County government should find a way to give teachers and other county employees pay raises and make needed repairs to public school buildings, residents told the County Council Thursday.
"As a teacher, I'm here to tell you I deserve a raise," said Anne Marie Lane, a special education teacher from Bel Air.
Lane was one of 34 speakers, most of them teachers, to testify on County Executive Eileen M. Rehrmann's proposed $188.6 million operating budget.
"Last year Eileen Rehrmann had a $10.4 million surplus, just in case," Lane said. "Last year no one got raises, the state cuts came, and the state cuts went, and Harford still has a surplus of $7 million."
"Harford is in better financial shape than many other counties. We can afford to give raises for all employees and still have money left over just in case."
About 250 people attended the budget hearing at C. Milton Wright High School. The council, which must adopt a budget by May 31, has scheduled a work session tomorrow beginning at 9 a.m. at the County Courthouse in Bel Air. The council is scheduled to vote on the budget May 26.
Testimony at the hearing focused on how much county money the Board of Education will receive. Rehrmann has proposed spending $76.3 million; the school board has requested $81.2 million. The board's original request included a $5 million salary package to give all its employees a 3 percent raise and eligible employees two step increases.
Christine Haggett, president of the the Harford County Education Association, which represents about 1,500 teachers, said an independent accountant the union hired contends the budget proposal includes enough money to allow for the negotiated raises. The accountant has recommended that money in the planned $7 million surplus be used for the raises.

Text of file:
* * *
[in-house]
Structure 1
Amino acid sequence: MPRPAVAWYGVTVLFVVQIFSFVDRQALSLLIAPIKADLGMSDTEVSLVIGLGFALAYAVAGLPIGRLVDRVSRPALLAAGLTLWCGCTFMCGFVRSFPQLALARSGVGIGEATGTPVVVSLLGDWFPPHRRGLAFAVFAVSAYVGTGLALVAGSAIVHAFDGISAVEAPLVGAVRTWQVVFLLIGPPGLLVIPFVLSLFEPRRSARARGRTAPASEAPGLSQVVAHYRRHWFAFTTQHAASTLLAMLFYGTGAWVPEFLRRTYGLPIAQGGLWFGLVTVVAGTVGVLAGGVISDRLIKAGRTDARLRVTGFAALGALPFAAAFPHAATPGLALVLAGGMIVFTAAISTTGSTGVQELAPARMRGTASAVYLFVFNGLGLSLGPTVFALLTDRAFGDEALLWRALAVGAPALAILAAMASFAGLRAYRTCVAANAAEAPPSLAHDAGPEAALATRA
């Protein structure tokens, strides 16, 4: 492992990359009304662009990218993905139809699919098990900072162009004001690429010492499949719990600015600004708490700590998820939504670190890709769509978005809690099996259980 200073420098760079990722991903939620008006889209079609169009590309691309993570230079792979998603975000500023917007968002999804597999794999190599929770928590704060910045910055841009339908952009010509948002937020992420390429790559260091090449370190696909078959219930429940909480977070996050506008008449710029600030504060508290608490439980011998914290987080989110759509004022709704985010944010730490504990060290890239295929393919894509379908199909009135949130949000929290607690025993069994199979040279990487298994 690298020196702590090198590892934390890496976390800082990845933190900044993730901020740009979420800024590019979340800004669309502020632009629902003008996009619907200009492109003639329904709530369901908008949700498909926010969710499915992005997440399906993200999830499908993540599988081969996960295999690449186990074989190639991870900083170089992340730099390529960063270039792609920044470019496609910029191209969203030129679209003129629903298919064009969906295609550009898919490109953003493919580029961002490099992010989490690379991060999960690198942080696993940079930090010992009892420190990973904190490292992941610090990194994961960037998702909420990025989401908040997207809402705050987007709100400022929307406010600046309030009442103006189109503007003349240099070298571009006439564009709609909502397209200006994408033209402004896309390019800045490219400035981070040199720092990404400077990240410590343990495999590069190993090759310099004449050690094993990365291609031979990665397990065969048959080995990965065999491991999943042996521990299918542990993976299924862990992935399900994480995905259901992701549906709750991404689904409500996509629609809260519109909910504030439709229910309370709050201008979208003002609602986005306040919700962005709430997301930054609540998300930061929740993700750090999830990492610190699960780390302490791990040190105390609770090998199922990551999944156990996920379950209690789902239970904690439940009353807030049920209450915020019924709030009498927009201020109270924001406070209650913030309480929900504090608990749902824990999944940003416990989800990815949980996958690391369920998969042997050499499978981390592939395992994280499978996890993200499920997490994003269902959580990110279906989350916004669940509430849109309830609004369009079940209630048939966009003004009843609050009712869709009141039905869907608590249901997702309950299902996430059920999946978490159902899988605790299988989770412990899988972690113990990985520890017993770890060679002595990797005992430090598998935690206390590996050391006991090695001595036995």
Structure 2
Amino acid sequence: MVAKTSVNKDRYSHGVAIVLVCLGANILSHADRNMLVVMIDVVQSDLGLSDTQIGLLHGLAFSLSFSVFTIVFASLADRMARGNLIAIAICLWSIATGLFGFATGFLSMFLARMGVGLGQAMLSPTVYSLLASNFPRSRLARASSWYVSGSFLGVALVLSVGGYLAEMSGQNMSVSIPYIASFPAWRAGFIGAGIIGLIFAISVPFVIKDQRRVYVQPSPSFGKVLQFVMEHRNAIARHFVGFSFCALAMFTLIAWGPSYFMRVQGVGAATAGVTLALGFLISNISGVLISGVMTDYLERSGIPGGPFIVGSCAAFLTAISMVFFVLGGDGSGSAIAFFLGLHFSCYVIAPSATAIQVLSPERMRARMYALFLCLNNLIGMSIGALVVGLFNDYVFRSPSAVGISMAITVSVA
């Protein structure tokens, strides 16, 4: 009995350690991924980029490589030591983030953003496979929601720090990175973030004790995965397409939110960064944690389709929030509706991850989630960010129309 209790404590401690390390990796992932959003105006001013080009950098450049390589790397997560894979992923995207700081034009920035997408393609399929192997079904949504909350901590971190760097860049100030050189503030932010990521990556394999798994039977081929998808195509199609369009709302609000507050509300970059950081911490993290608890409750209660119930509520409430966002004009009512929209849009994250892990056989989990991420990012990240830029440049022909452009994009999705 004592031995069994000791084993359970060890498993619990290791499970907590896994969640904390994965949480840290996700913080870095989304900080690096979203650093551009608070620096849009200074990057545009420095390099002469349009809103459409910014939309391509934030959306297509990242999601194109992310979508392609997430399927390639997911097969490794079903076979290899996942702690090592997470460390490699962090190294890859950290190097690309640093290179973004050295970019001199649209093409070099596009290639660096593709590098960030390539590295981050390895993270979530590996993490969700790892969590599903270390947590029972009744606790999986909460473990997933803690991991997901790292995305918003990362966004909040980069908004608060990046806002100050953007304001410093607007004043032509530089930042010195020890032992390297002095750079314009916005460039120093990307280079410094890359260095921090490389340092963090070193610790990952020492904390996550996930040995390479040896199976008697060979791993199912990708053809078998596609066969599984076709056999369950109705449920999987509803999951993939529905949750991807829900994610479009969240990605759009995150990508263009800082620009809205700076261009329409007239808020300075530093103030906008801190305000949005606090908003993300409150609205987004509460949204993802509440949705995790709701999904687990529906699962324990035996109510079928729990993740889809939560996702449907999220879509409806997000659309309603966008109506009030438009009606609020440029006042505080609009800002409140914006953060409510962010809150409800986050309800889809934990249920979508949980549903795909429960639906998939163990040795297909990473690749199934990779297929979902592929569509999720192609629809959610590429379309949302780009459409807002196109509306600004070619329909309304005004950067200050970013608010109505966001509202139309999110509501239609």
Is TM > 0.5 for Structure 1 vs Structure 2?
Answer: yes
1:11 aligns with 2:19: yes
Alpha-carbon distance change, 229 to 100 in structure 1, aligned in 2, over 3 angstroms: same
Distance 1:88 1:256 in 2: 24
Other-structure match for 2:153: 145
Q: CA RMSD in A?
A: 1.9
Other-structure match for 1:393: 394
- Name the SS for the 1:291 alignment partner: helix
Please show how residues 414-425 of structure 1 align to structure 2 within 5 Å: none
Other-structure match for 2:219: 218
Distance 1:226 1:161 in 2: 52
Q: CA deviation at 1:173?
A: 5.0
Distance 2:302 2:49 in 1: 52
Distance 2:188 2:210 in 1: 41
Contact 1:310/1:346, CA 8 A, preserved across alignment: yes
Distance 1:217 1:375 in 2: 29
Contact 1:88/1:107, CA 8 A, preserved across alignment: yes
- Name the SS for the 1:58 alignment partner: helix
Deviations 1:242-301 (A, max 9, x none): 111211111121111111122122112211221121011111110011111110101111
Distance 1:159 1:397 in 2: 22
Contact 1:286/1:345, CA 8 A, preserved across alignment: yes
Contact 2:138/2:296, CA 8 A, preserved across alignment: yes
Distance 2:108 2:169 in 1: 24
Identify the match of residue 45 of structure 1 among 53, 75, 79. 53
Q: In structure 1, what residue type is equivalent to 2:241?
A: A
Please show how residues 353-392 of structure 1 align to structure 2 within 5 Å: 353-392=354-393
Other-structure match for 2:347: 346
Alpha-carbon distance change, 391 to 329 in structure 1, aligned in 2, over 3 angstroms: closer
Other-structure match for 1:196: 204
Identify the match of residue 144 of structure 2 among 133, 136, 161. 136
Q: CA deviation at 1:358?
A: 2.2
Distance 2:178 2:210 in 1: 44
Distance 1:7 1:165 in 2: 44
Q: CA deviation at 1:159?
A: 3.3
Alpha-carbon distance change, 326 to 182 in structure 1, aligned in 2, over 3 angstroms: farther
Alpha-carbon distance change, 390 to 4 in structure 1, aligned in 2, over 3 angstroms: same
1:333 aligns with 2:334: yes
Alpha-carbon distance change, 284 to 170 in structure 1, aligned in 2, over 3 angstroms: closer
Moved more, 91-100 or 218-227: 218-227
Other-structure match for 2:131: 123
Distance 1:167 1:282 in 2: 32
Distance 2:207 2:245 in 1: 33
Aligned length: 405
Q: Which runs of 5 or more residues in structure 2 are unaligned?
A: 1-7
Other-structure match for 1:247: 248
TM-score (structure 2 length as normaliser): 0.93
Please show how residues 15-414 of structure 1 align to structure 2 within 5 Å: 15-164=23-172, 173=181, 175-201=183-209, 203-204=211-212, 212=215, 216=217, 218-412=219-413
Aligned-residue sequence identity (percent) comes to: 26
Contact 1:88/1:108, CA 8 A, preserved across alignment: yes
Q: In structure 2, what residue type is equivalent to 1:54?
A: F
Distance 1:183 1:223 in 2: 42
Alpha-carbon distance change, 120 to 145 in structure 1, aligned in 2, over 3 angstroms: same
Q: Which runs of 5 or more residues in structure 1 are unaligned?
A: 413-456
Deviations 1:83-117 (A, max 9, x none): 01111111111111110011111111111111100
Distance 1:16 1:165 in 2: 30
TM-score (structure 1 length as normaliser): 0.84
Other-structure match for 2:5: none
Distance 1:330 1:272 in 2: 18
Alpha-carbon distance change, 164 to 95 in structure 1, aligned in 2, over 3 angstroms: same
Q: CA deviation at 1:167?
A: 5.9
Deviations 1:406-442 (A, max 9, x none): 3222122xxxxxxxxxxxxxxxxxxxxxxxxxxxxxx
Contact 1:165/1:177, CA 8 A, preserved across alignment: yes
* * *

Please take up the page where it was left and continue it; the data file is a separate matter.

Rehrmann has said a surplus of less than 5 percent of the county's operating budget would jeopardize the county's bond rating.
The executive, who says $2.5 million is needed to grant step raises to all county employees, has offered to give the raises if the council enacts a bill to raise licensing fees aimed at generating $500,000 and if county department chiefs can save money [See story, Page 6]. One teacher, Sheron Rupert from Edgewood Middle School, told the council that teachers are taking heat fighting for raises for all county employees "because we are the ones educated in 'Begging 101.' "
Other testimony Thursday focused on the condition of public school buildings.
"I read about leaky roofs at schools in Essex and I laugh. We have roofers who patch our school roofs. We've graduated to the second phase of school abuse and neglect: termites," said Pat Anderson, a teacher at Churchville Elementary School.
"This county is doing a good job of ignoring problems hoping they'll go away. If the rain doesn't rot our buildings from the top down, termites will chew them from the bottom up. We won't have to fund education at all if the buildings self-destruct."
Several speakers at the hearing also asked for support for county grants to cultural institutions and groups, such as the Walters Art Gallery in Baltimore and the Baltimore Museum of Art. They argued that Harford students' field trips to those museums make up for the gap in art education created by a lack of elementary school art teachers.
A few speakers also testified about the need to create a full-time position for a coordinator of volunteer services. The state grants that helped pay for that position have been cut. The position would have a salary of about $21,000.